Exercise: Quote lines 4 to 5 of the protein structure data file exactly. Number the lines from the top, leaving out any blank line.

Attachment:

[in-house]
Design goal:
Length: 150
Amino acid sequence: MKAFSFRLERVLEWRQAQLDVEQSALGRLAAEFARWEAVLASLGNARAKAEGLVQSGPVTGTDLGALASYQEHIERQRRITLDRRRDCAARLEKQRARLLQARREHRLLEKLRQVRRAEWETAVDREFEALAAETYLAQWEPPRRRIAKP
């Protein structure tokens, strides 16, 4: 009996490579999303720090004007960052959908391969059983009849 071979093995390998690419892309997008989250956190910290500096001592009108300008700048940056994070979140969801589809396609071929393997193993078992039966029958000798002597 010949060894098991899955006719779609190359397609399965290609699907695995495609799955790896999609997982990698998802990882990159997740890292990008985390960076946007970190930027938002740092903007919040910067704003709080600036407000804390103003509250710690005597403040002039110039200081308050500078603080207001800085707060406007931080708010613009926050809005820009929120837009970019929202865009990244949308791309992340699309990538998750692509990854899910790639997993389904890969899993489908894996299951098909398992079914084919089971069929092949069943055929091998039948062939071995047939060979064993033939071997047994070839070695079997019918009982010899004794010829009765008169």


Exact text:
Amino acid sequence: MKAFSFRLERVLEWRQAQLDVEQSALGRLAAEFARWEAVLASLGNARAKAEGLVQSGPVTGTDLGALASYQEHIERQRRITLDRRRDCAARLEKQRARLLQARREHRLLEKLRQVRRAEWETAVDREFEALAAETYLAQWEPPRRRIAKP
């Protein structure tokens, strides 16, 4: 009996490579999303720090004007960052959908391969059983009849 071979093995390998690419892309997008989250956190910290500096001592009108300008700048940056994070979140969801589809396609071929393997193993078992039966029958000798002597 010949060894098991899955006719779609190359397609399965290609699907695995495609799955790896999609997982990698998802990882990159997740890292990008985390960076946007970190930027938002740092903007919040910067704003709080600036407000804390103003509250710690005597403040002039110039200081308050500078603080207001800085707060406007931080708010613009926050809005820009929120837009970019929202865009990244949308791309992340699309990538998750692509990854899910790639997993389904890969899993489908894996299951098909398992079914084919089971069929092949069943055929091998039948062939071995047939060979064993033939071997047994070839070695079997019918009982010899004794010829009765008169």